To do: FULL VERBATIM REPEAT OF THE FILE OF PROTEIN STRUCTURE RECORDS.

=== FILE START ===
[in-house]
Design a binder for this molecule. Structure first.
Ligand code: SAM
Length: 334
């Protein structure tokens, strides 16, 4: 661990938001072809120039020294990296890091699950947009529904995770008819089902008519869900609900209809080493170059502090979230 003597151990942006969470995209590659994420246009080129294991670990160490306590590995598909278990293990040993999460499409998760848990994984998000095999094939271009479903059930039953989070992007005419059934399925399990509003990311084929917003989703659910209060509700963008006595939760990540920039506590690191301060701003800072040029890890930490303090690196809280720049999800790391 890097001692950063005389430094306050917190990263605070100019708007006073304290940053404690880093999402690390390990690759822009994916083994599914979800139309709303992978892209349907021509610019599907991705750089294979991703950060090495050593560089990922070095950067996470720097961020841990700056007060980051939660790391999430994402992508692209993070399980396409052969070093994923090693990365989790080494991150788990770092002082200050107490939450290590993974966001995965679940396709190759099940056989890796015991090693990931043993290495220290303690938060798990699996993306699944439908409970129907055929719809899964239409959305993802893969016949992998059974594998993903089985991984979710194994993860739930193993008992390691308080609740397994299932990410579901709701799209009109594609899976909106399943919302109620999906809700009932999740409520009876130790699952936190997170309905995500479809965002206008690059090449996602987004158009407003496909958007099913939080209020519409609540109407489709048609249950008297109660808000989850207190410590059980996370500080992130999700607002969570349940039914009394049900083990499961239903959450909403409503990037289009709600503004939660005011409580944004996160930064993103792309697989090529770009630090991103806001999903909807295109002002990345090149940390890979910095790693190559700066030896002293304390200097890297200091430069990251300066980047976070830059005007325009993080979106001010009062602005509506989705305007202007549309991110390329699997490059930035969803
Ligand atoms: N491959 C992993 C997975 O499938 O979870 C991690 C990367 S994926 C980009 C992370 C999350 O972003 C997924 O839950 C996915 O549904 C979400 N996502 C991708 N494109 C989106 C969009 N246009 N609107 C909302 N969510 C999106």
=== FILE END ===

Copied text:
[in-house]
Design a binder for this molecule. Structure first.
Ligand code: SAM
Length: 334
């Protein structure tokens, strides 16, 4: 661990938001072809120039020294990296890091699950947009529904995770008819089902008519869900609900209809080493170059502090979230 003597151990942006969470995209590659994420246009080129294991670990160490306590590995598909278990293990040993999460499409998760848990994984998000095999094939271009479903059930039953989070992007005419059934399925399990509003990311084929917003989703659910209060509700963008006595939760990540920039506590690191301060701003800072040029890890930490303090690196809280720049999800790391 890097001692950063005389430094306050917190990263605070100019708007006073304290940053404690880093999402690390390990690759822009994916083994599914979800139309709303992978892209349907021509610019599907991705750089294979991703950060090495050593560089990922070095950067996470720097961020841990700056007060980051939660790391999430994402992508692209993070399980396409052969070093994923090693990365989790080494991150788990770092002082200050107490939450290590993974966001995965679940396709190759099940056989890796015991090693990931043993290495220290303690938060798990699996993306699944439908409970129907055929719809899964239409959305993802893969016949992998059974594998993903089985991984979710194994993860739930193993008992390691308080609740397994299932990410579901709701799209009109594609899976909106399943919302109620999906809700009932999740409520009876130790699952936190997170309905995500479809965002206008690059090449996602987004158009407003496909958007099913939080209020519409609540109407489709048609249950008297109660808000989850207190410590059980996370500080992130999700607002969570349940039914009394049900083990499961239903959450909403409503990037289009709600503004939660005011409580944004996160930064993103792309697989090529770009630090991103806001999903909807295109002002990345090149940390890979910095790693190559700066030896002293304390200097890297200091430069990251300066980047976070830059005007325009993080979106001010009062602005509506989705305007202007549309991110390329699997490059930035969803
Ligand atoms: N491959 C992993 C997975 O499938 O979870 C991690 C990367 S994926 C980009 C992370 C999350 O972003 C997924 O839950 C996915 O549904 C979400 N996502 C991708 N494109 C989106 C969009 N246009 N609107 C909302 N969510 C999106």